Published 22 Oct, 2022

Java - How to debug a command line compiled Java .class file using Eclipse IDE?

Category Java
Modified : Nov 30, 2022

I'm a programmer with strong C++ background, but new to Java world. Now I have a question about debugging.

How to debug a pre-compiled Java .class file using Eclipse IDE? And I find it is really not an easy task to find the answer by Googling.

In order for my question to be really precise and no misleading, I expound it as follows.

I have two .java source files below:

├── src             
│   └── mypkg1      
│       └── 
└── test                  
    └── mypkg1            

In the root folder($), I can compile and run using two commands:

javac -classpath ./src test/mypkg1/

java  -classpath ./src:./test mypkg1.TimelineTest       

source tree and java compile and run

Now I have $/test/mypkg1/TimelineTest.class with Java byte code in it.

Then how can I do source-level debugging on the TimelineTest.class?

I tried, but no success yet. I created a Eclipse project as $/test/mypkg1/.project, then create a Debug configuration for it as below. But, when start debugging, I got red error message:

Error: Could not find or load main class TimelineTest

Caused by: java.lang.NoClassDefFoundError: mypkg1/TimelineTest (wrong name: TimelineTest)

Eclipse blame error on starting debugging

Then what's the correct way to do it?

The key requirement here is, I should not be bothered to do verbose Eclipse project settings, mouse clicking here and there hundreds of times. What I want is quick loading the binary and start debugging. You know, it is definitely true in C++ world. For example, using Visual Studio IDE, File → Open Project → Select an EXE file as project-file, that is the way you tell VS IDE to debug that EXE. After the "project" is opened, press F10, the debugger stops the debuggee at first line of main(), just that simple.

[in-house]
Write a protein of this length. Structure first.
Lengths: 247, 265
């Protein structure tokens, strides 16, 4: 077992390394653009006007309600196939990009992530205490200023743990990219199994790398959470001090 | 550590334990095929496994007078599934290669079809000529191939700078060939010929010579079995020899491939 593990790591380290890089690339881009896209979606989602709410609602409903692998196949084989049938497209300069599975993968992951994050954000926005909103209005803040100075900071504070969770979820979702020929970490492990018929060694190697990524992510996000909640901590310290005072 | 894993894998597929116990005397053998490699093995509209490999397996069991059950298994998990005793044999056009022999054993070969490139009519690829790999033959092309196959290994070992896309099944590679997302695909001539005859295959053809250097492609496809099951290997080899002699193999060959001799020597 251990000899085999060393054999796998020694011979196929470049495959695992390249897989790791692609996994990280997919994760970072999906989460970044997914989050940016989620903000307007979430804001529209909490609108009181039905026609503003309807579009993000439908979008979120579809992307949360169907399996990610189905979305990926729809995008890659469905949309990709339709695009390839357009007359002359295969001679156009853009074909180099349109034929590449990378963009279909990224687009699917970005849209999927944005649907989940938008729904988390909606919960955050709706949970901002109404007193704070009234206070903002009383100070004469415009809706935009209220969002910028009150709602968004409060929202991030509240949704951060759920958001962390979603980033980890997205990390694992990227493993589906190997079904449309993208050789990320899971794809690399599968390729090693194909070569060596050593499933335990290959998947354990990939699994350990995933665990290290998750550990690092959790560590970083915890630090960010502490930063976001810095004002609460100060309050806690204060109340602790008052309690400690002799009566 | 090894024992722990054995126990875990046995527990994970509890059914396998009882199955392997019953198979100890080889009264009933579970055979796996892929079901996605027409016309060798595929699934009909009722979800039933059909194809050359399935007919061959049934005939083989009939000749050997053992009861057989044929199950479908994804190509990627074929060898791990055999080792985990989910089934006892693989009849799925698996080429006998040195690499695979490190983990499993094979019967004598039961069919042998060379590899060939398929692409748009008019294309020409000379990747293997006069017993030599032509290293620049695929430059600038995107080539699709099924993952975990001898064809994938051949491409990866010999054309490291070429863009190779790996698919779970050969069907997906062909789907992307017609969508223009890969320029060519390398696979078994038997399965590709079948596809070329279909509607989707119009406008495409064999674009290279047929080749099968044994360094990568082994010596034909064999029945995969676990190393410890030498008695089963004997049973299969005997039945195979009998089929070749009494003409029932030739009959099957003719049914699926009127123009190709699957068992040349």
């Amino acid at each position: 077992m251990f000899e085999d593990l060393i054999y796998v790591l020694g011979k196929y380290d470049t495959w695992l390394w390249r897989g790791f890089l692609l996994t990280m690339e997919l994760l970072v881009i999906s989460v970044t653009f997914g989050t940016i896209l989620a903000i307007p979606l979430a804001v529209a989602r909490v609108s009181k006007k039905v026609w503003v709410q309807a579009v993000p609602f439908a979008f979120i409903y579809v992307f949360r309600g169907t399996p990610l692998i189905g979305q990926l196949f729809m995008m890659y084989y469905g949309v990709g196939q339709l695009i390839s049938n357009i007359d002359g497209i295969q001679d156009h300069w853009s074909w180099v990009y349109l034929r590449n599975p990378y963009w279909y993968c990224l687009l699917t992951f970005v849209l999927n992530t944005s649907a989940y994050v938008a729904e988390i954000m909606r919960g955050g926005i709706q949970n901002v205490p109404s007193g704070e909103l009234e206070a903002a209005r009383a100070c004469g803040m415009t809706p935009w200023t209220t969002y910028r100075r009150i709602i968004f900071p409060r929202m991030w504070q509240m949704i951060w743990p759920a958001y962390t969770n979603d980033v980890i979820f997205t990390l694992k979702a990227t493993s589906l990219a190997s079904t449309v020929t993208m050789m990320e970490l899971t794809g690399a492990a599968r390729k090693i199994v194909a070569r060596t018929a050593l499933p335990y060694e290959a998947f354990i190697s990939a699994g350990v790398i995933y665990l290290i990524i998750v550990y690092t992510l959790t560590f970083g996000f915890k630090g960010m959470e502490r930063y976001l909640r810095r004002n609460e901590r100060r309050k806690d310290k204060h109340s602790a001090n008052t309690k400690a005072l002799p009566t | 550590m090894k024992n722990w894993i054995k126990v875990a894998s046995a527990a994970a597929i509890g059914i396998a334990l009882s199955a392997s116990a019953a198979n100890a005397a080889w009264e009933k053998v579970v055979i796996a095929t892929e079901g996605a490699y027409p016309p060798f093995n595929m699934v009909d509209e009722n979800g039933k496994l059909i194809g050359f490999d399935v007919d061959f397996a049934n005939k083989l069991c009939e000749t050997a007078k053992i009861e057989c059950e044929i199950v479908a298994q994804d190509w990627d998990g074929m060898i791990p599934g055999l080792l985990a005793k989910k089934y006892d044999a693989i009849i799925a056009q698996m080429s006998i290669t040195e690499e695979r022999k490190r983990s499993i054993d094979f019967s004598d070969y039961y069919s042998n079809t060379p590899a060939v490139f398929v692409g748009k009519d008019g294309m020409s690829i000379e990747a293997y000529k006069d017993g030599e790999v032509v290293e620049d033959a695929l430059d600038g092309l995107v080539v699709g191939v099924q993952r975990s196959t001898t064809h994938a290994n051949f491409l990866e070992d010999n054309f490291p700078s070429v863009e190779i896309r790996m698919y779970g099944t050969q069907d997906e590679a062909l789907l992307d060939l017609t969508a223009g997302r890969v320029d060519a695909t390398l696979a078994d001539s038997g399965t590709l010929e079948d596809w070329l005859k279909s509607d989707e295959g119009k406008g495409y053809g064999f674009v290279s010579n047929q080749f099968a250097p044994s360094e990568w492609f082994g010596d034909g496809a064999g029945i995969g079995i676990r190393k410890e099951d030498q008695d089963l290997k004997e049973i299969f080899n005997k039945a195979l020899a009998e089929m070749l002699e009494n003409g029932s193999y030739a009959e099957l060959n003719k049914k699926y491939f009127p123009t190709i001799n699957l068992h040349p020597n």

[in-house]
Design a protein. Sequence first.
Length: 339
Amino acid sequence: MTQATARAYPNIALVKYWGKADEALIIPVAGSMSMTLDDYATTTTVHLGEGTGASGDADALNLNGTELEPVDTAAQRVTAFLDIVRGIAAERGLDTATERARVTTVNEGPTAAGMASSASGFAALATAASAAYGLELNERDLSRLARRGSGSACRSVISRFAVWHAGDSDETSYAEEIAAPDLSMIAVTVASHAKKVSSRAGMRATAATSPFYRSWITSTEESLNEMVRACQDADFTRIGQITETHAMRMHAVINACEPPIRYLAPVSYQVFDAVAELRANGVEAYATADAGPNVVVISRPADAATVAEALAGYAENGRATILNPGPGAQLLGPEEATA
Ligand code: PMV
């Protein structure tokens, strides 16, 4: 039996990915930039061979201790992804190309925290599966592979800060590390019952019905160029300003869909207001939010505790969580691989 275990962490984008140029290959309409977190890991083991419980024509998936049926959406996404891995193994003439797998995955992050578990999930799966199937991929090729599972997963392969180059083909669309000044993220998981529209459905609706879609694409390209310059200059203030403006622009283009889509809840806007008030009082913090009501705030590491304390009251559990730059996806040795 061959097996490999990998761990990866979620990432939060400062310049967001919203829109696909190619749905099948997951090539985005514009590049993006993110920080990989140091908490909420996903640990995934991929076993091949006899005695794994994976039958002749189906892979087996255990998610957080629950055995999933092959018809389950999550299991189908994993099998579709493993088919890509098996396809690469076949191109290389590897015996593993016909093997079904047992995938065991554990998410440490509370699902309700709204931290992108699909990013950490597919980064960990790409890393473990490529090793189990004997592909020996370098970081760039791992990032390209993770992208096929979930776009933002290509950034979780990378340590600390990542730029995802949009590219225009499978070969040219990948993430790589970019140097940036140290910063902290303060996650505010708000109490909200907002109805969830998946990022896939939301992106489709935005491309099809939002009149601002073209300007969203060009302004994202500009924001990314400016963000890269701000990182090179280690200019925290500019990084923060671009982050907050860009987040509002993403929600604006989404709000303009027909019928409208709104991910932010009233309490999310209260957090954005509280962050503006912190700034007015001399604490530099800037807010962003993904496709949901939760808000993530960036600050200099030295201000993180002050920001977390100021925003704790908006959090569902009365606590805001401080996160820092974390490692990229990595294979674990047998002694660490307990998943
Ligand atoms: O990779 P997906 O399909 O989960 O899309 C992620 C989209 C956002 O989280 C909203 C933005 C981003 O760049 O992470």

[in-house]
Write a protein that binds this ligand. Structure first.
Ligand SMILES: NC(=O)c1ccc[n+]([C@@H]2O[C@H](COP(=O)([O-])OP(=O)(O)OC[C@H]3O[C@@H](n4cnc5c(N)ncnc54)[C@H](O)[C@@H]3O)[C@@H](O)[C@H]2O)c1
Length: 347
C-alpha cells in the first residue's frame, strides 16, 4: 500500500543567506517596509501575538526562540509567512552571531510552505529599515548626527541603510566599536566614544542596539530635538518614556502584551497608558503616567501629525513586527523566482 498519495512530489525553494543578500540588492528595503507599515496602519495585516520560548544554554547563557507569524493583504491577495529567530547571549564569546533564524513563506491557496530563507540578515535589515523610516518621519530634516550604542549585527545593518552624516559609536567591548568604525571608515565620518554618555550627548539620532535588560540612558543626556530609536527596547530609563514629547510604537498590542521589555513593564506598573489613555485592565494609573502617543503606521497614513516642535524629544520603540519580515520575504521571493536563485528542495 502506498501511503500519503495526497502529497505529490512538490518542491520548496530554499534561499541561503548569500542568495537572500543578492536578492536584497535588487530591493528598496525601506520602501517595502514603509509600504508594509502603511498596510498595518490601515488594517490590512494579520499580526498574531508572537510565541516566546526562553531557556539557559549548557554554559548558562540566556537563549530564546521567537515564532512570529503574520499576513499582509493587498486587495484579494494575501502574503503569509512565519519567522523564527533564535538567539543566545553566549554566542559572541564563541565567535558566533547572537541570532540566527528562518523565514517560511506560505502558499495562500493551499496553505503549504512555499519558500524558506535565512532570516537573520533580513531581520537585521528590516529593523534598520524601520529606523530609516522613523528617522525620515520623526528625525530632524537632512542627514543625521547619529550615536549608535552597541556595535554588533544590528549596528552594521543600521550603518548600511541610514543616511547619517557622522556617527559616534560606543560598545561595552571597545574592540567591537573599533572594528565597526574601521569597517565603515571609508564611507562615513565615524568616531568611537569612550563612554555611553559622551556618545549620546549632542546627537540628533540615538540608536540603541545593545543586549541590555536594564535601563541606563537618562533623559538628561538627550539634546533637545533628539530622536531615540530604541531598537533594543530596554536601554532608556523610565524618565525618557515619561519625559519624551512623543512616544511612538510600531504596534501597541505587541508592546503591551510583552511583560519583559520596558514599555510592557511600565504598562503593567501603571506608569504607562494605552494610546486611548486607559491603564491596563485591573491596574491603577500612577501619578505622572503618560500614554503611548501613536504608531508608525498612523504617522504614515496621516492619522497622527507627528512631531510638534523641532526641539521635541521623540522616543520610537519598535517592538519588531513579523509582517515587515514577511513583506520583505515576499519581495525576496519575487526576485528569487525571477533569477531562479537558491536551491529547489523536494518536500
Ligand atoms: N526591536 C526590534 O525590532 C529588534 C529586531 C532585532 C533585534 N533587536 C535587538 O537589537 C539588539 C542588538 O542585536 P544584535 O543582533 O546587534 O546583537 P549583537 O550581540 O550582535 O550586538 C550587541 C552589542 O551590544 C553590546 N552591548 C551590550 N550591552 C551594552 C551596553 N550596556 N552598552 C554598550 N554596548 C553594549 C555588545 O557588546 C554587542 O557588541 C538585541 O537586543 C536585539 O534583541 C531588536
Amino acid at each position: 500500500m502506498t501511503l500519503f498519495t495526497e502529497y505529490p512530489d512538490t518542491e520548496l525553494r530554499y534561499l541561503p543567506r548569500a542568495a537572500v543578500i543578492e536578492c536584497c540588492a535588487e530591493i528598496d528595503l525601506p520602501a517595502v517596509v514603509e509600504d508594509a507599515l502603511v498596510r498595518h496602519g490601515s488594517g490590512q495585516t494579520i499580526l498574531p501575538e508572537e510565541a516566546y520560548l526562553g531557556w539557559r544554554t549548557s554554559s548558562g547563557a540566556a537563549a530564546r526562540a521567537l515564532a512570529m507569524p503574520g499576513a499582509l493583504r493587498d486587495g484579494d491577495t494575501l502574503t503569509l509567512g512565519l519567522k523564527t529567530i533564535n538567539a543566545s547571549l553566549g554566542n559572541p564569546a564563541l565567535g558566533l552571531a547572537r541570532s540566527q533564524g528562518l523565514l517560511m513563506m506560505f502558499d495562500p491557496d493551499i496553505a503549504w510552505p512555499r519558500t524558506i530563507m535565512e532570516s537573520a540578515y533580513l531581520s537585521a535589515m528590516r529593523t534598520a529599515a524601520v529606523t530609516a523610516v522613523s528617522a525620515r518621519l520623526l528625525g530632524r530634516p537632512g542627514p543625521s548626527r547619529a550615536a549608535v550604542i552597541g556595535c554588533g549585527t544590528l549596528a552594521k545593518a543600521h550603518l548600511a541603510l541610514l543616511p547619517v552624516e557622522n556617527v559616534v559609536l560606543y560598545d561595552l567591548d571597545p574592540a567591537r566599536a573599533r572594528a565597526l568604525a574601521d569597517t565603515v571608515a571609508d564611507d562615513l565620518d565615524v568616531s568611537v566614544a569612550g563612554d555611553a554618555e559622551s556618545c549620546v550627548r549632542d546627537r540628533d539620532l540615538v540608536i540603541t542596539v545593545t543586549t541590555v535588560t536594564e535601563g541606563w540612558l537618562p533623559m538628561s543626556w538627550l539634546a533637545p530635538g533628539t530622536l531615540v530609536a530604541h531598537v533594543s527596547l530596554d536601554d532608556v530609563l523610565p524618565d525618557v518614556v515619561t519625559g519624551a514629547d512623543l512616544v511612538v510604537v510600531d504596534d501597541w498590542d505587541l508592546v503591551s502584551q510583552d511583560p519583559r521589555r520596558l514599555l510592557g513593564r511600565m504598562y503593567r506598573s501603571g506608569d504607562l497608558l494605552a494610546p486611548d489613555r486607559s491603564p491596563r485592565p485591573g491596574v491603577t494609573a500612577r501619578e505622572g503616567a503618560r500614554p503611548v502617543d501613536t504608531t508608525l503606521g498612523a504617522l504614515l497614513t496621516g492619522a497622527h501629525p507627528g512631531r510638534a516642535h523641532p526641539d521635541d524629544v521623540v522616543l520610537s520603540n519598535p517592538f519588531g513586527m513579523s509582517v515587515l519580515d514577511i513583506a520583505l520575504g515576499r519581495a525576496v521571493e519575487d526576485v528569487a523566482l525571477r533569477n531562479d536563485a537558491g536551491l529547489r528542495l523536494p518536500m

How can I achieve the same with Eclipse? Or, some other feasible Java debugger recommended?

== ==

package mypkg1;

public class Timeline {

    private int fetchCount;

    public void setFetchCount(int fetchCount) {
        this.fetchCount = fetchCount;

    public int getFetchCount() {
        return fetchCount;

== ==

package mypkg1;

public class TimelineTest {

    public static void main(String[] args) {

        Timeline timeline = new Timeline();
        int expected = 5;

        int actual = timeline.getFetchCount();

        System.out.println("Fetch = "+actual);


There are 2 suggested solutions here and each one has been listed below with a detailed description. The following topics have been covered briefly such as Java, Debugging, Eclipse. These have been categorized in sections for a clear and precise explanation.


You can run your code with remote debugging enabled and attach your Eclipse debugger to that running application.

Here is quite detailed explanation.


You have a few issues here. You don't need to look at remote debugging for this.

You need to edit the project properties (right-click on project name in explorer and select "Properties"). You need to edit the "Java Build Path". In the "Source" tab, you need to have two source directories, "src" and "test".

When you do that, it will discover that you have two source files, one in each folder and package. You can expand the folders to see them, or you could go to the "Navigate" menu and select "Open Type" (and note the keyboard shortcut to get there faster) and enter the name of your class. That will open the class in the code editor.

At that point, assuming that the class has a "main" method with the proper signature, you can right-click in the code editor and select "Debug As", and select "Java Application". You'll probably want to set a breakpoint on the first line of your "main" method before you do that.